Cessna: First Corvalis TTx production flight test a success

Cessna Aircraft announced that the company completed the first production flight of its TTx, formerly called the Corvalis TTx, on Saturday.

The company is in the midst of dropping the Corvalis name, a Cessna spokesman said.

The single-engine composite airplane took off from Cessna’s Independence facility.

The pilot took the airplane to 17,000 feet and to a speed of 245 mph.

“The TTx performed exceptionally well,” Brian Steele, Cessna’s business leader for the airplane, said in a statement.”The TTx is a nimble, top of the line airplane. It’s the world’s fastest fixed gear, single engine piston aircraft in production.”

Cessna announced last year that it had begun production of the TTx, an upgraded Corvalis TT.

During its development, test pilots made 275 flights and logged 339 hours in the air, Cessna said.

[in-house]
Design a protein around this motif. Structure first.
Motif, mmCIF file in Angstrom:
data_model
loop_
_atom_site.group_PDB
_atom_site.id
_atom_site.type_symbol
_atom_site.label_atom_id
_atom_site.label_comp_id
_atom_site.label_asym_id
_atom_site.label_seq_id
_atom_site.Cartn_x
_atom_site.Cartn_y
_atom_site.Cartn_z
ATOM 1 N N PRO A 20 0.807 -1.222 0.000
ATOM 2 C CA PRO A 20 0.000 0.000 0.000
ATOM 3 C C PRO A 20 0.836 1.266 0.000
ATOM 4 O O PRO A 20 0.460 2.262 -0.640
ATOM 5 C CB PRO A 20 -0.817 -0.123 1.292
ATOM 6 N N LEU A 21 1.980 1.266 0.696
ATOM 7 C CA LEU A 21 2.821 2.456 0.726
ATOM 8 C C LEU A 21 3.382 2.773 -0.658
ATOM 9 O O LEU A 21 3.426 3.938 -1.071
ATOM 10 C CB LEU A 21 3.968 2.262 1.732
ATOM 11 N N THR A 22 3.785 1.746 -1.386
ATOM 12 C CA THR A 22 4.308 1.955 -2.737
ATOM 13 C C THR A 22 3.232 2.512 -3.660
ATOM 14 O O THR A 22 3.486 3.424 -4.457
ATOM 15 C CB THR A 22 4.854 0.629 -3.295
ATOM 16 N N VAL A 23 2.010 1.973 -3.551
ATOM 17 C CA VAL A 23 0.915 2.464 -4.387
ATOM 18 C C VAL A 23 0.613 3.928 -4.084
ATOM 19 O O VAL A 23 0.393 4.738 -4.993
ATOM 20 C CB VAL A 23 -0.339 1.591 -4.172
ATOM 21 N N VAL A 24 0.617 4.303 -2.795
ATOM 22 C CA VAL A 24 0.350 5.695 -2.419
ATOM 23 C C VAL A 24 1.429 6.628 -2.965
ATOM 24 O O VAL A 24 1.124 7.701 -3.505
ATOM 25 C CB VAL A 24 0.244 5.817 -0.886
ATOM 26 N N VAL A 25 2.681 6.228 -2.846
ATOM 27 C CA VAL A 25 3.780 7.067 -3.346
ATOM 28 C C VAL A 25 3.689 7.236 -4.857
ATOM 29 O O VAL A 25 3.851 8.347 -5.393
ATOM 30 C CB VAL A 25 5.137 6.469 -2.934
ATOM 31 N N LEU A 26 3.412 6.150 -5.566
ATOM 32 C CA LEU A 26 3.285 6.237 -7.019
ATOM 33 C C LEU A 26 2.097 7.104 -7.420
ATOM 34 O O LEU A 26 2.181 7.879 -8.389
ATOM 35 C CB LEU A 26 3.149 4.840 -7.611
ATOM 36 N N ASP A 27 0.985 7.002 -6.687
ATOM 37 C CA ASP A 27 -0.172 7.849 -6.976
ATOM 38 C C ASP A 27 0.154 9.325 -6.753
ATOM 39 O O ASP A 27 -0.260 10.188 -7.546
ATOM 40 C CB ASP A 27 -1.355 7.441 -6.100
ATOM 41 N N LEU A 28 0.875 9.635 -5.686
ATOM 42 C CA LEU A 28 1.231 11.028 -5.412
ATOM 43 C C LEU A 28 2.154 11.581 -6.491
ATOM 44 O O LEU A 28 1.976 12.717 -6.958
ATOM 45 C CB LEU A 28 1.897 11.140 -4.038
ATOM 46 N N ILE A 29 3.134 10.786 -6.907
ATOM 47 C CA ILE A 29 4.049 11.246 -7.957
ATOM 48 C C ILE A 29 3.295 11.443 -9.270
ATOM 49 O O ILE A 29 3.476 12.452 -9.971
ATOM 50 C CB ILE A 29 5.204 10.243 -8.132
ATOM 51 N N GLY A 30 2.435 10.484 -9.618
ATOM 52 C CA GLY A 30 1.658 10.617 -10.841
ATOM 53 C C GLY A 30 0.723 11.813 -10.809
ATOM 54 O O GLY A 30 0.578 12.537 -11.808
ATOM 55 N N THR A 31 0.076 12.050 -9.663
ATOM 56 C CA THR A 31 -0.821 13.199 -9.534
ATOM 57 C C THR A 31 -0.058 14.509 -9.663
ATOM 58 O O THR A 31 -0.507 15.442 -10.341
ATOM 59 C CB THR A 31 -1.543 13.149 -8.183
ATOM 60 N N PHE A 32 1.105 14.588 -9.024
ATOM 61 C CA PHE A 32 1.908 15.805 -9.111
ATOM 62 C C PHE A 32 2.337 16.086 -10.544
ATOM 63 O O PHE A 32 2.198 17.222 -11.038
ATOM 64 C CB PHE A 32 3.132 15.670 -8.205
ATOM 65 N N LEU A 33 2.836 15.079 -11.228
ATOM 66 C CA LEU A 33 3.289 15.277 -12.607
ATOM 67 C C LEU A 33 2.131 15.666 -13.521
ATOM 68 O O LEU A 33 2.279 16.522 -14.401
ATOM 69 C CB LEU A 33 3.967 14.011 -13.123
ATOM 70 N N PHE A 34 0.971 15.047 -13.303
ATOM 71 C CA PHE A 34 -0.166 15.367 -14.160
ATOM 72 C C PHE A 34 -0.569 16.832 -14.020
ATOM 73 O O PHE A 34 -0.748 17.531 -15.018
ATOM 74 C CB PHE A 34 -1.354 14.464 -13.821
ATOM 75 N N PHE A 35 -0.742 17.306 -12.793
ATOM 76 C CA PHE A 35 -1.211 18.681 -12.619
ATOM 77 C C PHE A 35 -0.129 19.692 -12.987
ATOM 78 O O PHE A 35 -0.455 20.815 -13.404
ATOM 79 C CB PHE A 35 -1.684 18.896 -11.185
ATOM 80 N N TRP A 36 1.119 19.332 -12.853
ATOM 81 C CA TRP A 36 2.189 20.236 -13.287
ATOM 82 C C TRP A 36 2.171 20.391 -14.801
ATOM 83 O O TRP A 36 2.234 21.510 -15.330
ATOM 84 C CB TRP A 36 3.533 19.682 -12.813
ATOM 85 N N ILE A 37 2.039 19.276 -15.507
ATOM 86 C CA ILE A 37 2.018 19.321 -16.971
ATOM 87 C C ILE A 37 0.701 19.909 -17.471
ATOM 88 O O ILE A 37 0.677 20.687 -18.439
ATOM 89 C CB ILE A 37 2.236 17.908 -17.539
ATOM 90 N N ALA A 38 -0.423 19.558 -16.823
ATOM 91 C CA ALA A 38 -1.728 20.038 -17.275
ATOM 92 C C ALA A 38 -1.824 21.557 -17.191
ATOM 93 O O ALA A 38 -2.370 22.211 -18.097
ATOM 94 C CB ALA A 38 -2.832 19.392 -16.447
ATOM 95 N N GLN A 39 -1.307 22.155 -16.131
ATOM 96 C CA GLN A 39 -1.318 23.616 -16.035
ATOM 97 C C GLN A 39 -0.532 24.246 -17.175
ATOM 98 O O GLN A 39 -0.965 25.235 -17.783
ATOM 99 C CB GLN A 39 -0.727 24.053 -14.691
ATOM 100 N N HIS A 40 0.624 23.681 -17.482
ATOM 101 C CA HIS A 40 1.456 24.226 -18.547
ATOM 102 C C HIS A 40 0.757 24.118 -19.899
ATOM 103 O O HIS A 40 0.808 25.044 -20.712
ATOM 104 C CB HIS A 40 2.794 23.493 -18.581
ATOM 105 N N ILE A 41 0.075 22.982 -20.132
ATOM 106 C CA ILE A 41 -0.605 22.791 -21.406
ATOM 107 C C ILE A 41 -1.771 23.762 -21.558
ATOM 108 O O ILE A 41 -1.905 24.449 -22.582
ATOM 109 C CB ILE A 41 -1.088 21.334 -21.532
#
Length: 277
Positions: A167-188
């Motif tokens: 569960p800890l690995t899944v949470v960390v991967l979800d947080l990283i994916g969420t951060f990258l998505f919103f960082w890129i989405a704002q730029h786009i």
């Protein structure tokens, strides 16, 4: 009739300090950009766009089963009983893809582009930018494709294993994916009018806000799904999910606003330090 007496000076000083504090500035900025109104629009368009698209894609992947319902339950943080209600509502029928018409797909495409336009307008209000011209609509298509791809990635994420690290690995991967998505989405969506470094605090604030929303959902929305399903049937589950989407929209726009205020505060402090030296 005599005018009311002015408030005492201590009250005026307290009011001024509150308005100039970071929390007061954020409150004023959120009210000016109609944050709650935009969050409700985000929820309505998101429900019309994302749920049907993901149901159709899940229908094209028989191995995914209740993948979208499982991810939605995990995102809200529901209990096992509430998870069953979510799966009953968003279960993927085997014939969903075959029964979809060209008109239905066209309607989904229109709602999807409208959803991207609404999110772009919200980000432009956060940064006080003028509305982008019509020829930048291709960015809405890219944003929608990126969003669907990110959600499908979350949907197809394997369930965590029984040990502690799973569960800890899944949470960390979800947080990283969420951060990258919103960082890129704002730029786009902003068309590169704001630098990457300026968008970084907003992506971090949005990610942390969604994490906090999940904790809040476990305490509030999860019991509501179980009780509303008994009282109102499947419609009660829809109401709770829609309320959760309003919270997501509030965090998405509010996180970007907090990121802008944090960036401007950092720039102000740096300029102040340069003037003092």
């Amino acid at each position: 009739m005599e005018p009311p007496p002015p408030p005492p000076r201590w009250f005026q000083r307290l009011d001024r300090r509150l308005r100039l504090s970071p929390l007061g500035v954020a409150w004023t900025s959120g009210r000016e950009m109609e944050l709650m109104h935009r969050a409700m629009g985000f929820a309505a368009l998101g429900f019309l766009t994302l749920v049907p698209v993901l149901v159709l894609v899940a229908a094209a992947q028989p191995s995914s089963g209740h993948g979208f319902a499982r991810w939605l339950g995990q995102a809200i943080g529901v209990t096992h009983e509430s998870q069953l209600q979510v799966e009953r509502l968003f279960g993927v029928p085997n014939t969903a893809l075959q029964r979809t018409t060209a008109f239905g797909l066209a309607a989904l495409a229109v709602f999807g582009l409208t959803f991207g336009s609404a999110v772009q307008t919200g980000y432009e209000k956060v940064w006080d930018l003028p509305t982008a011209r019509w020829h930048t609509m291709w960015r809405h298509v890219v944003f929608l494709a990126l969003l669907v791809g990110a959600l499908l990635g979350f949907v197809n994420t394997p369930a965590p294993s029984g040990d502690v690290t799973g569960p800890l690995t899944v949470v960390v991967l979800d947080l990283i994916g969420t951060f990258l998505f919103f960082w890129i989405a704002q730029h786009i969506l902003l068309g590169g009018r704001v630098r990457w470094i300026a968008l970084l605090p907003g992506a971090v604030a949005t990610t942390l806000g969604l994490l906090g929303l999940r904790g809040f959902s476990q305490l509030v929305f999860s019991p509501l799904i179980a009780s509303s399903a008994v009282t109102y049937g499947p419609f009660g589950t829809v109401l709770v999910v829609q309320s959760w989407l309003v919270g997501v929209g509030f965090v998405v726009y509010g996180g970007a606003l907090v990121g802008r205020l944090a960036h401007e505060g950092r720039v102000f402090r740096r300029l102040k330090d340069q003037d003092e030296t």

The plane can reach a top speed of 270 mph and has an operating ceiling of 25,000 feet. It can cross the country with one stop.

Cessna halted production of the carbon-fiber composite Corvalis, formerly called the Columbia, in late 2010 after problems were found at the company’s Chihuahua, Mexico, facility, which builds the fuselage components and wings.

The entire environmental system in Mexico, key to working with composite materials, had to be redone.

Now, the humidity, air pressure and temperature are controlled through use of a continuous monitoring system, company officials have said.

Assembly of the upgraded Corvalis – the $734,000 Corvalis TTx – restarted in October.